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Clin Cancer Res. 2010 Jul 1;16(13):3368-77. doi: 10.1158/1078-0432.CCR-10-0438. Epub 2010 Jun 22.

A distinct spectrum of copy number aberrations in pediatric high-grade gliomas.

Author information

1
Section of Paediatric Oncology, The Institute of Cancer Research, Royal Marsden Hospital, Sutton, United Kingdom.

Abstract

PURPOSE:

As genome-scale technologies begin to unravel the complexity of the equivalent tumors in adults, we can attempt detailed characterization of high-grade gliomas in children, that have until recently been lacking. Toward this end, we sought to validate and extend investigations of the differences between pediatric and adult tumors.

EXPERIMENTAL DESIGN:

We carried out copy number profiling by array comparative genomic hybridization using a 32K bacterial artificial chromosome platform on 63 formalin-fixed paraffin-embedded cases of high-grade glioma arising in children and young people (<23 years).

RESULTS:

The genomic profiles of these tumors could be subclassified into four categories: those with stable genomes, which were associated with a better prognosis; those with aneuploid and those with highly rearranged genomes; and those with an amplifier genotype, which had a significantly worse clinical outcome. Independent of this was a clear segregation of cases with 1q gain (more common in children) from those with concurrent 7 gain/10q loss (a defining feature of adults). Detailed mapping of all the amplification and deletion events revealed numerous low-frequency amplifications, including IGF1R, PDGFRB, PIK3CA, CDK6, CCND1, and CCNE1, and novel homozygous deletions encompassing unknown genes, including those at 5q35, 10q25, and 22q13. Despite this, aberrations targeting the "core signaling pathways" in adult glioblastomas are significantly underrepresented in the pediatric setting.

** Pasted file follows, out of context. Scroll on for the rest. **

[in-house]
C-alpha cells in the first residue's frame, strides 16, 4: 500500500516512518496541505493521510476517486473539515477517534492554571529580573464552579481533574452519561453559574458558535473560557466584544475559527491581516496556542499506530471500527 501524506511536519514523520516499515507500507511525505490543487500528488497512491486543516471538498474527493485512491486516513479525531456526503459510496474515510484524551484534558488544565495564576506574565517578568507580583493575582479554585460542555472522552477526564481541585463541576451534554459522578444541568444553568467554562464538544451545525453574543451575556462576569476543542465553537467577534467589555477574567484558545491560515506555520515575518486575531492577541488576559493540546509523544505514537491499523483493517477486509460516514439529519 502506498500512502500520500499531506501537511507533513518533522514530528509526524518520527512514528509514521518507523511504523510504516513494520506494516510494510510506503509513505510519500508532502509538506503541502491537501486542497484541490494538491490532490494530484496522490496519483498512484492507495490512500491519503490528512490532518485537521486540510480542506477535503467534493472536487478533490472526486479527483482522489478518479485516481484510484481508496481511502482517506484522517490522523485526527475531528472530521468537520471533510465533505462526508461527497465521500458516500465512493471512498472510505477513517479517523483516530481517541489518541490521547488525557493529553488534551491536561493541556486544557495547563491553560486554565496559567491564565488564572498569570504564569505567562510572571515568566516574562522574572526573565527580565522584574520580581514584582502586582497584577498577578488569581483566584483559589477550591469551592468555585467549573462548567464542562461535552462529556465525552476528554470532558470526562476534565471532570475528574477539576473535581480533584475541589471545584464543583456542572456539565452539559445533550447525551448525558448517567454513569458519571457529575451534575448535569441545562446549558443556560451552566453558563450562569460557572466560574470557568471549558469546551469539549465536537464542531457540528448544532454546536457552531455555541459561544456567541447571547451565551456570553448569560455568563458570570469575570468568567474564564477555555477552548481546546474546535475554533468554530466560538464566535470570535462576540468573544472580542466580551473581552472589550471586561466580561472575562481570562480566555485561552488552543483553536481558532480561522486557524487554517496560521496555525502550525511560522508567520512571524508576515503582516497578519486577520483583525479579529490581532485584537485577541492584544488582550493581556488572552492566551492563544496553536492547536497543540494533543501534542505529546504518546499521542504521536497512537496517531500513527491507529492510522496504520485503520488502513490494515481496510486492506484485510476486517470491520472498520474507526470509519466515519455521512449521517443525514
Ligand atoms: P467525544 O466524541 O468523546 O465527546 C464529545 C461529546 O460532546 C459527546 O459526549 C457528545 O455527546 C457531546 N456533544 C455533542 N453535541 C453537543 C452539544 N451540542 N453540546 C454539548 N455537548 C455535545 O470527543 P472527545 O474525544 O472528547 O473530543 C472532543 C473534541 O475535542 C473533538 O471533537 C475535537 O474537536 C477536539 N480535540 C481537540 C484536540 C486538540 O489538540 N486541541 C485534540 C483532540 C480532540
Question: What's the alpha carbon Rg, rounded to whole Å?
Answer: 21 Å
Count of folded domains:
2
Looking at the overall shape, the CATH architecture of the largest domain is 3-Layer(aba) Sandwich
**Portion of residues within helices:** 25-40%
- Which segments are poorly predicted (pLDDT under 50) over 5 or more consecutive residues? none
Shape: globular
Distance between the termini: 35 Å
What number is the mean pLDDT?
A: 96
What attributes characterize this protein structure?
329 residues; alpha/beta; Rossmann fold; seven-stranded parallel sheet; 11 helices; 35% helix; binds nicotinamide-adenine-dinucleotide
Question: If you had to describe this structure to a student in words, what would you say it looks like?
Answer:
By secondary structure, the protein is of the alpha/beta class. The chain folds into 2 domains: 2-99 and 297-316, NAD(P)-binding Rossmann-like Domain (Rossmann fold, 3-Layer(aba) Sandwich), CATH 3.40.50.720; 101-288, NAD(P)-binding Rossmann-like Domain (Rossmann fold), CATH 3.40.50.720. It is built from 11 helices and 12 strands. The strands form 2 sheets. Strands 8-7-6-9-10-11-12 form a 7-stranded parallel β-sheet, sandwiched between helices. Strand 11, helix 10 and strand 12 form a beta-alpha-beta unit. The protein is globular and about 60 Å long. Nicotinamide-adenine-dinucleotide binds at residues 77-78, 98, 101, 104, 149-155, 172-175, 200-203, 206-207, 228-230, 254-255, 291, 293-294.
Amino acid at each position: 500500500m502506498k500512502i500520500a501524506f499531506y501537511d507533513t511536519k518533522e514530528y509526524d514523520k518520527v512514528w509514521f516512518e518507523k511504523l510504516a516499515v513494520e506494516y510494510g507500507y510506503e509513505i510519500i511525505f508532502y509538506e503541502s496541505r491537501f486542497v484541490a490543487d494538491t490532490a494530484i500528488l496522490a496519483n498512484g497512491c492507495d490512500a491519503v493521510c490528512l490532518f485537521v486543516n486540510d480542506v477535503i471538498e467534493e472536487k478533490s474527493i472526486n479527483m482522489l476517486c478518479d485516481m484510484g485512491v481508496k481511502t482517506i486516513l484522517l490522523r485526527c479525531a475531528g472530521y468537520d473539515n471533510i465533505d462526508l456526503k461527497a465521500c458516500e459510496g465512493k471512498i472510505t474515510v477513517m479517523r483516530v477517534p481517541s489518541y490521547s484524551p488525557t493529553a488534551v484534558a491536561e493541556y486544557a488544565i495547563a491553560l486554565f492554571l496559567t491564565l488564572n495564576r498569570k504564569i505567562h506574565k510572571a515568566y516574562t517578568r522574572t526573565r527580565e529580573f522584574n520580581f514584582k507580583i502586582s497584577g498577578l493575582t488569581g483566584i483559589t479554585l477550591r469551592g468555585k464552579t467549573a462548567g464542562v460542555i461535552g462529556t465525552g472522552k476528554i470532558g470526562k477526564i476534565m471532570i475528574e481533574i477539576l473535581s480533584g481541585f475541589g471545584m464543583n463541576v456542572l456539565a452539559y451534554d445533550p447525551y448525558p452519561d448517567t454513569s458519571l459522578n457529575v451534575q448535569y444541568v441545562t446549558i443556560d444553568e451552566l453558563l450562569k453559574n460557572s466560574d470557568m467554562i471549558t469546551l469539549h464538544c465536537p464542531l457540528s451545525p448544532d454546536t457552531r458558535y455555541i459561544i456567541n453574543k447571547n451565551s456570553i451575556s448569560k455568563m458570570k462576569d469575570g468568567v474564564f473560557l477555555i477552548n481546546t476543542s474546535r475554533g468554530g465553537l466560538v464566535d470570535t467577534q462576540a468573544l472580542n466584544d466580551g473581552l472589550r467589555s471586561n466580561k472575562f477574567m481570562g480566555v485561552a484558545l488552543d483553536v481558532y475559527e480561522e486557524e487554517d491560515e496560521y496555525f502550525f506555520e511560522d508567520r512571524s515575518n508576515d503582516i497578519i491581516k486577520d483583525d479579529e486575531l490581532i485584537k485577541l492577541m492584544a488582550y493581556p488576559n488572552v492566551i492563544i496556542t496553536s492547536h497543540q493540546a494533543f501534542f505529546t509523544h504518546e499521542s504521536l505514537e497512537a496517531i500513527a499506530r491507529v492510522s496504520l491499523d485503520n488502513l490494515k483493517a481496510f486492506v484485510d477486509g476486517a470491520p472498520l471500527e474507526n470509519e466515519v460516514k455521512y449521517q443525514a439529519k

CONCLUSIONS:

These data highlight that although there are overlaps in the genomic events driving gliomagenesis of all ages, the pediatric disease harbors a distinct spectrum of copy number aberrations compared with adults.

PMID:
20570930
PMCID:
PMC2896553
DOI:
10.1158/1078-0432.CCR-10-0438
[Indexed for MEDLINE]
Free PMC Article

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